by Ian Littman
Sprint 4G Rollout Updates
Tuesday, September 18, 2012 - 7:05 AM MDT
At around $100 with a contract (before the inevitable wave of promotional offers that have already hit its big brother, the Galaxy SIII), the Samsung Galaxy Victory falls under the definition of a midrange smartphone. It has specs somewhat reminiscent of the old Epic 4G: a 5 megapixel rear camera with 720p video recording, a front camera, a 4-inch 800x480 screen and a not-particularly-slim profile.
However it differs from that older device by dropping the keyboard, upping the battery to the same-capacity (but, compared to my SIII, not the same model) 2100 mAh unit found in the SIII, pushing the Android version to 4.0 (Ice Cream Sandwich) and swapping WiMAX for LTE as its 4G technology.
But that’s information you can get anywhere. What about the phone’s maximum output powers, simultaneous-data-and-voice capabilities, and antenna placement? You’ve come to the right place. Spoiler: this device looks solid.
- CDMA 1xRTT/1xAdvnced/EvDO Rev. 0/A in SMR 800, Cellular 850 and PCS 1900 (band classes 0, 1, 10)
- 26.89 dBm EIRP in SMR (BC10), 24.50 dBm, in Cellular (BC0), 28.09 dBm in PCS (BC1)
- Highest EIRP at the bottom of the band for BC0 and BC1; EIRP decreased by roughly 1.2, and 2.28 dB between the bottom and top of BC0 and BC1, respectively
- Highest EIRP at the top of the SMR band, but only by a margin of 0.5 dB
[*]LTE in band class 25 (PCS 1900 + G)
- 5MHz channels
- Two receive antennas, one transmit antenna (MISO)
- 23.92 dBm EIRP at 16QAM modulation, 24.08 dBm at QPSK, with the best performance at the middle of the band (20.75 and 21.92 dBm, respectively, when transmitting in the G block)
[*]802.11 a/b/g/n WiFi, including 40MHz channel support in 5GHz (one antenna; SISO)
[*]Bluetooth and NFC (antenna in the battery, includes Google Wallet support)
[*]Three separate radio paths (1x, EvDO+LTE, WiFi+BT), allowing SVDO, SVLTE and voice + hotspot functionality
- 2.4GHz-only for the hotspot, due to software limitations
- Transmit power may be reduced on the data side when voice and data are simultaneously used, down to ~19 dBm for EvDO or LTE when the 1x radio is transmitting at 25 dBm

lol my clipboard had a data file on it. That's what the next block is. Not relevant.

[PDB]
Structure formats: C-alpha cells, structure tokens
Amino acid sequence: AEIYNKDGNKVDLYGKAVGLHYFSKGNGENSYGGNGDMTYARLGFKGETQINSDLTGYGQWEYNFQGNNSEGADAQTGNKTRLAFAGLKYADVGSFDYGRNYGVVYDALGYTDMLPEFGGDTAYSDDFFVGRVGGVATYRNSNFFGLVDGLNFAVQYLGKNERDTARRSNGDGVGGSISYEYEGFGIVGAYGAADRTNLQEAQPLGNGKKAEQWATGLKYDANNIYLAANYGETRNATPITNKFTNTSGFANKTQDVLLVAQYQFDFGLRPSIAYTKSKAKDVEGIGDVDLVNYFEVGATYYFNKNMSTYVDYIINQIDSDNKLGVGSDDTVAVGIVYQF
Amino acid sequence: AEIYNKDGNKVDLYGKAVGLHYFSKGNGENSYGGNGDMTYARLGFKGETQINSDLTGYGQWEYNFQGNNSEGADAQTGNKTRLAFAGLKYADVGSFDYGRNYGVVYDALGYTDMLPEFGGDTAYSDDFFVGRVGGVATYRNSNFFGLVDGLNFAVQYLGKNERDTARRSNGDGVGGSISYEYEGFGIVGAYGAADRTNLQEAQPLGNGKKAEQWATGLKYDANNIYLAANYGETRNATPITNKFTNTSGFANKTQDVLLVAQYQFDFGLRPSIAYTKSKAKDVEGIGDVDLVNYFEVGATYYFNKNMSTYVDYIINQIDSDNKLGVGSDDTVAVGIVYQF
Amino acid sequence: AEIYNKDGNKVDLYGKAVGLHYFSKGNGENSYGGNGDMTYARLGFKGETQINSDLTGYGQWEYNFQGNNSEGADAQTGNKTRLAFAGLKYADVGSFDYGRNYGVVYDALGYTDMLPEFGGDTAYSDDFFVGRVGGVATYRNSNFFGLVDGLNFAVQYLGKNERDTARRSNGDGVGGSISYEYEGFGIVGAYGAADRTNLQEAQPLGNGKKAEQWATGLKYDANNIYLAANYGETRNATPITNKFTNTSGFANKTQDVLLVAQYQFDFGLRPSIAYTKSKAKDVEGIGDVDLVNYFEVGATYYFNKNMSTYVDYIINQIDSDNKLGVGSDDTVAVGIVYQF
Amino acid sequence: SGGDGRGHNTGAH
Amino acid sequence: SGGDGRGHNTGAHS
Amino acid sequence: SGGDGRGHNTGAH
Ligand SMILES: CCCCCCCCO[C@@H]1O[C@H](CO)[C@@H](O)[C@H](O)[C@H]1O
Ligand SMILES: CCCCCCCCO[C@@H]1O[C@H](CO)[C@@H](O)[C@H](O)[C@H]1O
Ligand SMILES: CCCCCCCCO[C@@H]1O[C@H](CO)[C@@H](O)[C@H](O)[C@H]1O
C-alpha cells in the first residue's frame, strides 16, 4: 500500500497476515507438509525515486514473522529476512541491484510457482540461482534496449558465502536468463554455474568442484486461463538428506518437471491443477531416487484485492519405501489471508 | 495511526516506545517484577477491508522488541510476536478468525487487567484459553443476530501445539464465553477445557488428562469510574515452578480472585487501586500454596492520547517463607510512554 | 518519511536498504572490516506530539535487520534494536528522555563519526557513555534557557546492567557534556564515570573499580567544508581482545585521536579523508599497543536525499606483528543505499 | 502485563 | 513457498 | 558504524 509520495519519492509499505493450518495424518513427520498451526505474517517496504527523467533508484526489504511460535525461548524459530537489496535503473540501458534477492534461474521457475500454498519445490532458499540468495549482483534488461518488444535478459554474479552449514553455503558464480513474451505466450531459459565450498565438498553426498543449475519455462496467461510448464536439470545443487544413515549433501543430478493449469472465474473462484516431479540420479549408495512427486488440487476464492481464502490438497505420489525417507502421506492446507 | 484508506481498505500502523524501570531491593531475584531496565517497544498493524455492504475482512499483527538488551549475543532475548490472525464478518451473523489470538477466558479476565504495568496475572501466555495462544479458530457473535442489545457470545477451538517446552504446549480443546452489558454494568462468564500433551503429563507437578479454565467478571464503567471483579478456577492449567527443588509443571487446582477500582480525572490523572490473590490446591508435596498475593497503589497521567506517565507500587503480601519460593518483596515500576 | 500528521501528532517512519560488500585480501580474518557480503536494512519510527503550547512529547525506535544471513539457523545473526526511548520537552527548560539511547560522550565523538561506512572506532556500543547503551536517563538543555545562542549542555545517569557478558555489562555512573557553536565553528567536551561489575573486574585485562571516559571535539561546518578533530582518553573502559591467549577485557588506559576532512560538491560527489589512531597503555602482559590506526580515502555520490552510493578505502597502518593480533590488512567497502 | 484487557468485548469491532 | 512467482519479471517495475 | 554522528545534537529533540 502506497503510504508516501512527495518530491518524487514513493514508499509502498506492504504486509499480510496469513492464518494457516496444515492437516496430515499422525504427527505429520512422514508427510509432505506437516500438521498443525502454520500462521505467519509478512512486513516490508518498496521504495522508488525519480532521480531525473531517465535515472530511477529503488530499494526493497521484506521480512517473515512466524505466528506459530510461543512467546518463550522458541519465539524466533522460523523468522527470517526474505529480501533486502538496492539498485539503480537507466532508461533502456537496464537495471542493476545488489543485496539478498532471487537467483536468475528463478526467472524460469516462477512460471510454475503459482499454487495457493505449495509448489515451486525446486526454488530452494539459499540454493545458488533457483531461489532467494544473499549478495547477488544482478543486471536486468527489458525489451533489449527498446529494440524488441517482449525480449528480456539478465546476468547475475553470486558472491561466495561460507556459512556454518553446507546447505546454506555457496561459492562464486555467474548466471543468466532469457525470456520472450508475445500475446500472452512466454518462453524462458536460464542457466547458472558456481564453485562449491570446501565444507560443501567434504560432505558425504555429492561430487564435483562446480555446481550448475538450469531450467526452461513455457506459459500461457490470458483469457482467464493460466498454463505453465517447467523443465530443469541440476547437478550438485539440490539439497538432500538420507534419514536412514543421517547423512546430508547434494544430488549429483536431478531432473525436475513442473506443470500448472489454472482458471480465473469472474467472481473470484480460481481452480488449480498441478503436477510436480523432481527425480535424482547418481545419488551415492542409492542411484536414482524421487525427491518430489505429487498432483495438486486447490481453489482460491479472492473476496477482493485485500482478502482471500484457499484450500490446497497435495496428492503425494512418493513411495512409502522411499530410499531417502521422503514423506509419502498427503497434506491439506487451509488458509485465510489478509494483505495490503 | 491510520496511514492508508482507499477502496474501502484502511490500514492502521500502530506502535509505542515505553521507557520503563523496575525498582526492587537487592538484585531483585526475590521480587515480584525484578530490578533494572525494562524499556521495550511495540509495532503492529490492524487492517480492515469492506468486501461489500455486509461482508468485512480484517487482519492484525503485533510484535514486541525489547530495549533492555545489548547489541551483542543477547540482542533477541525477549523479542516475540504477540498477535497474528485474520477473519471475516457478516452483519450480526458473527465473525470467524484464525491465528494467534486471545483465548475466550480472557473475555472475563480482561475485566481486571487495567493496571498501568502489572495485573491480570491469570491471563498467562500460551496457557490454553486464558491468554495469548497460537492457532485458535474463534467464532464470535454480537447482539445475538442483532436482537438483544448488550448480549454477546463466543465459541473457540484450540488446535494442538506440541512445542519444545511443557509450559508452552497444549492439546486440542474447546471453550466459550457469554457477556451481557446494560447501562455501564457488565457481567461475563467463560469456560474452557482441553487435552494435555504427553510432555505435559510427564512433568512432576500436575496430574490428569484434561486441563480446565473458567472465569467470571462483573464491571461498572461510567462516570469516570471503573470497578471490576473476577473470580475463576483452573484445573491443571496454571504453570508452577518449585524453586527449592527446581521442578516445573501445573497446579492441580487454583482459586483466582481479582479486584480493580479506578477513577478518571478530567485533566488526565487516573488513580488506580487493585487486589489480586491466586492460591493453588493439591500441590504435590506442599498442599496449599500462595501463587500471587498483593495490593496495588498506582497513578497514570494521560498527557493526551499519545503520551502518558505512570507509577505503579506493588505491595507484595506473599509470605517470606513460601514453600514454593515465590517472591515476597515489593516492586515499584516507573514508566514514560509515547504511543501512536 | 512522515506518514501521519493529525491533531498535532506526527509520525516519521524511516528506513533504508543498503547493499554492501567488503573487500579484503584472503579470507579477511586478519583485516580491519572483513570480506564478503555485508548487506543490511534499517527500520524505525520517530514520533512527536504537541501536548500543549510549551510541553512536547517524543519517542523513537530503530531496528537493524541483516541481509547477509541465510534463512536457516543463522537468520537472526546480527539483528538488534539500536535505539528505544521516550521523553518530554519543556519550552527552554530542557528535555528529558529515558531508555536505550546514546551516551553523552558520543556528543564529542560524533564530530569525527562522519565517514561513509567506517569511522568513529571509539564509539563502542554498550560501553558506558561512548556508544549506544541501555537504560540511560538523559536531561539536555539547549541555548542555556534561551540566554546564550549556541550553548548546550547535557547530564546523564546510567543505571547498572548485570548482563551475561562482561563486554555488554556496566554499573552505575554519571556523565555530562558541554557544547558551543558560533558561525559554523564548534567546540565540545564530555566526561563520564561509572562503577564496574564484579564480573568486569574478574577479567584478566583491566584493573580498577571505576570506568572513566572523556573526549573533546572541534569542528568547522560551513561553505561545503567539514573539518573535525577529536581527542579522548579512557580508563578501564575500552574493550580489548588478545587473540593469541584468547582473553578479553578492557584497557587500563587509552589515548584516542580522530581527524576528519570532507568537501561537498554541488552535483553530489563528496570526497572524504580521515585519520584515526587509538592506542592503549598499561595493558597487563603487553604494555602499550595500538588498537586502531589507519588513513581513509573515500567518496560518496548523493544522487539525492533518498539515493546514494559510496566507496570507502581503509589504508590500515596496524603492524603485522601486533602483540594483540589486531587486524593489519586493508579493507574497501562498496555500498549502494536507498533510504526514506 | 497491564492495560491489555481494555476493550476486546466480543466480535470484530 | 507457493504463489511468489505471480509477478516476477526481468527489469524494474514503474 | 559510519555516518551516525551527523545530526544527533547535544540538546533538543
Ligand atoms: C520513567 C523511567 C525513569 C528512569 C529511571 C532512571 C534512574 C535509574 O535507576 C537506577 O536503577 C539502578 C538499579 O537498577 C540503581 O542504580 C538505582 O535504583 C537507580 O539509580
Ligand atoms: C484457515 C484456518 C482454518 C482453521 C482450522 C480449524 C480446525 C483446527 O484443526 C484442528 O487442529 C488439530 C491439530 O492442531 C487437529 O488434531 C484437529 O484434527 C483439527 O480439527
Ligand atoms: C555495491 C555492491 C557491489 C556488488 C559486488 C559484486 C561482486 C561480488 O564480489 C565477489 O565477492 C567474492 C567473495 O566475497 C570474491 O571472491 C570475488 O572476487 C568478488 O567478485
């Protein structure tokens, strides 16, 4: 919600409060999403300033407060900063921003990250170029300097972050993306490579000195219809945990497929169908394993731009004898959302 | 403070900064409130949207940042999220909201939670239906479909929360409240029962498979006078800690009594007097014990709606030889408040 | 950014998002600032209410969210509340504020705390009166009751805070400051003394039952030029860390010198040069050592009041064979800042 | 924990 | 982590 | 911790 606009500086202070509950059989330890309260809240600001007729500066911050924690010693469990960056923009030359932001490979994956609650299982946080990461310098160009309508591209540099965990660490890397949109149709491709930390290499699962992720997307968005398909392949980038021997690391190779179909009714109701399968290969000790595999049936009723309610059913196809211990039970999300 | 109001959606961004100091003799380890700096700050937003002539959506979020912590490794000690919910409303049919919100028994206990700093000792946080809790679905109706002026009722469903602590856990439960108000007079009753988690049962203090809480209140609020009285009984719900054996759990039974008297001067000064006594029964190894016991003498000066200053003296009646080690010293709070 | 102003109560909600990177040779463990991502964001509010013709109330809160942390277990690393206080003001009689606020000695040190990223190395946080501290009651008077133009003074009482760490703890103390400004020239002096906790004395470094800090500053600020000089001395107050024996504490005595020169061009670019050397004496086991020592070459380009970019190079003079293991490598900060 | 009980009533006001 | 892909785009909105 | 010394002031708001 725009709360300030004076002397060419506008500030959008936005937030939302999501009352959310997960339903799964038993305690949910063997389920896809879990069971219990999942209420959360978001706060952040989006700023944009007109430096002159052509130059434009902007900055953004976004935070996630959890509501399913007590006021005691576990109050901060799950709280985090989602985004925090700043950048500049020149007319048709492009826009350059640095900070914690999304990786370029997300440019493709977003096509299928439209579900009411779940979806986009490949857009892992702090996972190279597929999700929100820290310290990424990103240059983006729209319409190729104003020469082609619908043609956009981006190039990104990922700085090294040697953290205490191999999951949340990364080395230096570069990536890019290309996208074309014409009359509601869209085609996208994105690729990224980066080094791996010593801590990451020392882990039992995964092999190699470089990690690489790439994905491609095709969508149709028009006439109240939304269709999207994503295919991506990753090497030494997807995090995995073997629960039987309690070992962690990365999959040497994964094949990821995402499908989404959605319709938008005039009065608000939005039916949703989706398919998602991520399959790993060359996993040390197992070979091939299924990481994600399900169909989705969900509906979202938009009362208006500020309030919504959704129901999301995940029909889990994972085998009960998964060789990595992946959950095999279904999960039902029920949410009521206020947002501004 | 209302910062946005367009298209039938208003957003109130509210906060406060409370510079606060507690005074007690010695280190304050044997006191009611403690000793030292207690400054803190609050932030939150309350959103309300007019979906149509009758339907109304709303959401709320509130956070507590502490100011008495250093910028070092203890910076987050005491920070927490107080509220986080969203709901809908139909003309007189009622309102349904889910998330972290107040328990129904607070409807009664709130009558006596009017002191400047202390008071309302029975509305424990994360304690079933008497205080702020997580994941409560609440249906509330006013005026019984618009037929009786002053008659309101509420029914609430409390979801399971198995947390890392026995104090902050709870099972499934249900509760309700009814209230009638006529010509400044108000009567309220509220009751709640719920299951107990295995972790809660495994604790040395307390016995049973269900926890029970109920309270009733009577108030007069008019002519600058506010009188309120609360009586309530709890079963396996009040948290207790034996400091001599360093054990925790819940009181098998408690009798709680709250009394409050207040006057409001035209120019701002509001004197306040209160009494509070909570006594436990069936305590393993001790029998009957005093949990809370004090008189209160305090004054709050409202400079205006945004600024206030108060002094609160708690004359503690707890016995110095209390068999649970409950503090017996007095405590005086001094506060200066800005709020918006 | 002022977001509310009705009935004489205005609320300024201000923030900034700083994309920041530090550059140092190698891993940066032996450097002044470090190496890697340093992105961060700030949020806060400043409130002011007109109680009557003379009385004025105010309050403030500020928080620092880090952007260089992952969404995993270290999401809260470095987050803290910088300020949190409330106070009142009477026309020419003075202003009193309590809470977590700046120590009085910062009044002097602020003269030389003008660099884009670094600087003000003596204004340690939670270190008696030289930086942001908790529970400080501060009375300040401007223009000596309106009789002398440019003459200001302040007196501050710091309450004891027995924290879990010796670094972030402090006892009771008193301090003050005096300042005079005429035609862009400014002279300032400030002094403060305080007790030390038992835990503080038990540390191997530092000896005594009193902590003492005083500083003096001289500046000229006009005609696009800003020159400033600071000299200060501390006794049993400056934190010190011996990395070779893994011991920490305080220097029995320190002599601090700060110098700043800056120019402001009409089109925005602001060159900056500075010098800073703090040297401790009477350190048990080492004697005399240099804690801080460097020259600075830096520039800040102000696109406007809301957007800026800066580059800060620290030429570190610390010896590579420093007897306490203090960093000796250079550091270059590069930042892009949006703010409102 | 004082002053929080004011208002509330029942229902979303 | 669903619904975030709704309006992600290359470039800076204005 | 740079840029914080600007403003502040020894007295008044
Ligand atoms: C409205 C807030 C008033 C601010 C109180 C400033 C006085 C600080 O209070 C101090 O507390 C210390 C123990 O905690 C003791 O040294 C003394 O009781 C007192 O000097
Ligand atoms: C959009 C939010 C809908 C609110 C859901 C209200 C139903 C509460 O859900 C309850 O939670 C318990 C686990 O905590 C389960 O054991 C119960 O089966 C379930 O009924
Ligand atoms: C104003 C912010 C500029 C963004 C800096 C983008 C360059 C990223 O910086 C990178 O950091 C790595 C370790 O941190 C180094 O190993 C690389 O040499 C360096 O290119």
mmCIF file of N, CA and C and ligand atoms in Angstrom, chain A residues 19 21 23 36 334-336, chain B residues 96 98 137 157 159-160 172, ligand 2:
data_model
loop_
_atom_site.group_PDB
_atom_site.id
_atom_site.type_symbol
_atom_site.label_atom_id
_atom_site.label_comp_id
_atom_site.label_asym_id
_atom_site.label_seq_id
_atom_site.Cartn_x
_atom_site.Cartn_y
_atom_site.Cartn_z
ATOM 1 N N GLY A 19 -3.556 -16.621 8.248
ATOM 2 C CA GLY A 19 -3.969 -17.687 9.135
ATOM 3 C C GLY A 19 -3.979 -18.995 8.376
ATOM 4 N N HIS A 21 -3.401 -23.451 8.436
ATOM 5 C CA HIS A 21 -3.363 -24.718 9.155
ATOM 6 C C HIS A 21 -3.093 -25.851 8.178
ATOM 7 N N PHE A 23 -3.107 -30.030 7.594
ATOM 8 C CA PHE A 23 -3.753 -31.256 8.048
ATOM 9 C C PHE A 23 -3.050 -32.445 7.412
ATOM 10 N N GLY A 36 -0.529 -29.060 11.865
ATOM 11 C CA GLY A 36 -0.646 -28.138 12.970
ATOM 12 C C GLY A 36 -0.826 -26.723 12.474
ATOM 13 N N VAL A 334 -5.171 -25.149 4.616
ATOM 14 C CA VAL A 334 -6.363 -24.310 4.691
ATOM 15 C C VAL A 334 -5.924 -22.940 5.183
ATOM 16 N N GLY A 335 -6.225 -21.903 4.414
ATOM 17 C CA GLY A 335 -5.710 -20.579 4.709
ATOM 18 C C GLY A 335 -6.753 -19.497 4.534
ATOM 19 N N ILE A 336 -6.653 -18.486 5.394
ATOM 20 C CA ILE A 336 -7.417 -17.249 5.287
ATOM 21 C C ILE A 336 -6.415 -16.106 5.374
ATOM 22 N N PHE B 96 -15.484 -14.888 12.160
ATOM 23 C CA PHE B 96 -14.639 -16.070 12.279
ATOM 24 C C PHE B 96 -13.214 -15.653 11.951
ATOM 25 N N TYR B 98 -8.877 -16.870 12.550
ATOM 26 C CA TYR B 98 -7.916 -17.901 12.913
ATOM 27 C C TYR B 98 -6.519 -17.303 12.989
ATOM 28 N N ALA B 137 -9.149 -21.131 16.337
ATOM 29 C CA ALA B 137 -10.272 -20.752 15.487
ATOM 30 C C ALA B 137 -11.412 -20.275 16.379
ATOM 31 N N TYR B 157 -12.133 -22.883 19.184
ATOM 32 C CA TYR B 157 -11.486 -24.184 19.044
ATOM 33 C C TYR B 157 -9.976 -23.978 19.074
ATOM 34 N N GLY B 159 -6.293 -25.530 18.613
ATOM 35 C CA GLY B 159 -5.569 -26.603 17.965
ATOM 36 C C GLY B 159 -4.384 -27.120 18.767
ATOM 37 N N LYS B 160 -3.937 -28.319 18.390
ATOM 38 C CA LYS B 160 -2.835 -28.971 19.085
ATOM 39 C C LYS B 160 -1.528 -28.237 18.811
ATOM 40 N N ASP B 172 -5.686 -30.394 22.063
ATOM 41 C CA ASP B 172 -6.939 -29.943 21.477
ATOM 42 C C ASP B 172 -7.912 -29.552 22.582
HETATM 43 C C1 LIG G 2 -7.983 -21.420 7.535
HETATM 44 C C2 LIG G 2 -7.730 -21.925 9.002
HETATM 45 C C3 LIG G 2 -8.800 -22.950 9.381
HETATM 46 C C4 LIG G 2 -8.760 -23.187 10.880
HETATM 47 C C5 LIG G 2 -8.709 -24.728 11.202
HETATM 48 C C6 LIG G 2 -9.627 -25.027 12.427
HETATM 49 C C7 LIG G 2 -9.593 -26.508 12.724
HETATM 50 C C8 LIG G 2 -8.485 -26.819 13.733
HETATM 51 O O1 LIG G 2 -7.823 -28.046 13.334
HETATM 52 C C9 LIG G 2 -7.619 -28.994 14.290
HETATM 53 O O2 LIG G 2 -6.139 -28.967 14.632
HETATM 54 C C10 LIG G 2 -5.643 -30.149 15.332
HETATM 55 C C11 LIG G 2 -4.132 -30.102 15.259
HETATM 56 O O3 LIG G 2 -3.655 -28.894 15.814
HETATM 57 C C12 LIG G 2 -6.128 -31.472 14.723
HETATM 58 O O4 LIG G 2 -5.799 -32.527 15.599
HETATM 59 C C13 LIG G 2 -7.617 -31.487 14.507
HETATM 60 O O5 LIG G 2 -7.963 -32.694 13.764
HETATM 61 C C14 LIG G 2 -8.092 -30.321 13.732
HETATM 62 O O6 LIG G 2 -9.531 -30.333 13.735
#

- Dedicated 1x Tx/Rx antenna (lower-right corner of the device, looking at the front)
This phone isn’t nearly as hot of an item as the iPhone 5 (nor does it have the specs...or the price to give the Apple product a run for its money), however the iPhone happens to be a very fair device to compare the Victory to in terms of radio performance. On CDMA the iPhone marginally wins out on PCS (by 0.31 dB), however it’s trounced by the Victory in SMR with a 4.69 dB lead in transmit EIRP, showing the difference between a jack-of-all-trades and a purpose-built Sprint phone. On the LTE side, the iPhone wins out by around 3.3 dB on the EIRP front, however this number decreases to fall in line with the Victory if the iPhone’s upper antenna is used (the Victory only transmits EvDO and LTE with its upper antenna). Plus, the Victory can hold a voice call on 1x while utilizing EvDO or LTE for data.
iPhone comparisons aside, the Victory is a phone very obviously made with Sprint in mind. Radio figures actually look better across the board than either the Evo 4G LTE or the Galaxy SIII, though these numbers only describe the device’s transmit power, not how well it can receive a signal in a marginal area. Still, as midrange phones with LTE go, the strong radio characteristics of the Victory (or, as Sprint calls it, the Samsung Galaxy Victory 4G LTE) add to the list of reasons to get this phone over something else of the same ilk.